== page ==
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GE Comes to Lunch. Want to Guess Who the Appetizer Will Be?

Written By: D. Geller
Published On: March 13 2000

Event Summary

General Electric Information Services (GEIS, a division of General Electric (NYSE: GE),) will become a holding company managing two new business units. GE Systems Services takes over the current infrastructure operations, including data centers, networks, and help desks. The other new company, GE Global Exchange Services, has four divisions that will focus on Internet Data Exchange, Enterprise Application Integration (EAI), E-procurement, and the creation of trading exchanges.

Market Impact

This is not a simple case of a clicks-and-mortar company suddenly deciding that the future is in E-commerce. General Electric has been setting this table for a while.

GEIS was a pioneer in creating trading exchanges based on the EDI standard, and has been a strong participant in XML standardization efforts, including CommerceNet's and Microsoft's. GEIS' Trading Process Network was an early E-procurement experiment. Also, early in 1999 GEIS entered into a partnering arrangement with Global TeleSystems Ltd. of India. Under the agreement Global TeleSystems was to develop E-commerce software and systems for GE. (Perhaps not coincidentally, Global TeleSystems has announced plans to launch its own business-to-business service in Indian markets.) However, this arrangement does not represent the bulk of software in this comprehensive offering.

GE has the infrastructure, acumen, existing customer base and financial strength to rapidly become a major player in the E-procurement space, which is the core of any E-commerce initiative. Its major a priori weakness may be that it does not have the cachet of such pure-play vendors as Ariba and Commerce One, but a few major customer signings could have observers chanting a different tune. GE will be using a package called Purchasing Experttm, which it has previously offered in Europe, Asia, and Africa. Since these markets are not as competitive as North America, it is certainly possible that the software will not stack up to the current industry leaders. The software will be available in June.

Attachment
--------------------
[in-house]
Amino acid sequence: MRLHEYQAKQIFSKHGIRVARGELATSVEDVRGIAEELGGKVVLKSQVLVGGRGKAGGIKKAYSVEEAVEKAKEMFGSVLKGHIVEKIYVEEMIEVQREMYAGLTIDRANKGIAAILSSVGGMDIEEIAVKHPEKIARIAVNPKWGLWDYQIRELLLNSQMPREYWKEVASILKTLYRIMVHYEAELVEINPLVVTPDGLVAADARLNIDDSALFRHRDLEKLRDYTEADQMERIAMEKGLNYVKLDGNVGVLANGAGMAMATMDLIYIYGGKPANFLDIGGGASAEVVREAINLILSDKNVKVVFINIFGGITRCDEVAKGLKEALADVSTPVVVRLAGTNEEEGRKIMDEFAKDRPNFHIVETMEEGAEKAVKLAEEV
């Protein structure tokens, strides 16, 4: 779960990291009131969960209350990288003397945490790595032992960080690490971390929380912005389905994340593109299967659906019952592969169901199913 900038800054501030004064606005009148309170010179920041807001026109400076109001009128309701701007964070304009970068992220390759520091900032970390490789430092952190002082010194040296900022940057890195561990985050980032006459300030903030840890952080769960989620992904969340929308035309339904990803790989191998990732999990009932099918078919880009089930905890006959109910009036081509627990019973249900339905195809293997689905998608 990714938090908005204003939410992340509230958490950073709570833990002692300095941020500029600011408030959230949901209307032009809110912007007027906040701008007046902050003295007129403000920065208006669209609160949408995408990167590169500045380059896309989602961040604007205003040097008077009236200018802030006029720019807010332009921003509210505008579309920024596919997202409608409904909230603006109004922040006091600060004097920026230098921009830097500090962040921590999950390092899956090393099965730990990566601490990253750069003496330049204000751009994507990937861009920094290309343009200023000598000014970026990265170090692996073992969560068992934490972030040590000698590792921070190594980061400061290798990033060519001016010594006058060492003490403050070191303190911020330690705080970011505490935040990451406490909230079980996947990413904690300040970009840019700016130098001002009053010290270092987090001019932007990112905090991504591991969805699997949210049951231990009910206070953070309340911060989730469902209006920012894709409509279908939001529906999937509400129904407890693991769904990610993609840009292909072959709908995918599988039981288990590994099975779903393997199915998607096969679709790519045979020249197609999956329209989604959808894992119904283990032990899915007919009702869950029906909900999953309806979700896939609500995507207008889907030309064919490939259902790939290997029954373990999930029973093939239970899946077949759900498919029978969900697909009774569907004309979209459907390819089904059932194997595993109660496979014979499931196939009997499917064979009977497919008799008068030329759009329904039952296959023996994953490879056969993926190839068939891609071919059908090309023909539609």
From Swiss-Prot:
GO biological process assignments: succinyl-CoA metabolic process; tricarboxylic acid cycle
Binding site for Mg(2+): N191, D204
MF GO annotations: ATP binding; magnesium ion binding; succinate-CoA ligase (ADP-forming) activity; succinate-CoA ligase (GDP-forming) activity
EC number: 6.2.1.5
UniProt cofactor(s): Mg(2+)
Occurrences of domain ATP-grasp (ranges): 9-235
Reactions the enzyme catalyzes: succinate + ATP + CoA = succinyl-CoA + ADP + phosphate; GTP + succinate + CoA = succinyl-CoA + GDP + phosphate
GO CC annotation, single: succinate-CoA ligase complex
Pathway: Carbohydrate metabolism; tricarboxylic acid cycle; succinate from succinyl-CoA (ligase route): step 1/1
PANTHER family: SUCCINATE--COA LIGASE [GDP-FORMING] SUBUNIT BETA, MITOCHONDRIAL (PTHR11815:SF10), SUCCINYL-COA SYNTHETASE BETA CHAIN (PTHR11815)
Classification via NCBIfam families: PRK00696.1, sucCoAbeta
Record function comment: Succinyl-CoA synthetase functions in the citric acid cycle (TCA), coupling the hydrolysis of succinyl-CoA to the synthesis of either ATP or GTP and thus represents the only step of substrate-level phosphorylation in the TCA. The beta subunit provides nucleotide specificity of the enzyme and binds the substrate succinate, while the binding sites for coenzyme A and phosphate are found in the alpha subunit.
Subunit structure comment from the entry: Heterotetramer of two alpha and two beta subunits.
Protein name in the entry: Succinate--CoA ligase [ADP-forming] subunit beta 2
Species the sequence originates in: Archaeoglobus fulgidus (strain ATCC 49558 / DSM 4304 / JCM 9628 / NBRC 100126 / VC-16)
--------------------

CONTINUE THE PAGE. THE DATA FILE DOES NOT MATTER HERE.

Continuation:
Whatever impact the entry of this large company might have had on the market was dwarfed by the announcement, just two days later, of a major partnership between Ariba (NASDAQ: ARBA), i2 (NASDAQ: ITWO) and IBM (NYSE: IBM) (link to as yet unwritten article). These three companies are laying out a buffet consisting of hosting, procurement, and supply chain capabilities that will be hard for GE to match. As IBM's senior V.P. William A. Etherington said during the announcement, "It's not the big that will eat the small - it's the fast that will eat the slow."

GE will have to act in Internet time to show major strength, and it must have a first-rate software offering. It would not be foolish for GE to evaluate whether Purchasing Expert will stand up against Ariba or Commerce One. If not, a different strategy might be appropriate. Attempting to partner with Commerce One (which we think unlikely) or to purchase a second tier vendor like Concur could be the best way for GE to keep from being relegated to the children's table.

User Recommendations

A user looking for a hosted E-procurement solution, especially one with existing ties to GE or one that is heavily reliant on EDI can expect GE's solution to be of interest. This is also true for users that will be interested in developing new electronic communication pathways with business partners, as GE's focus on XML is likely to be a real strength. However, GE's ability to deliver is still in the future, and we don't see any compelling reason from this announcement that a user who is ready to act today should wait for that tomorrow.

 

 
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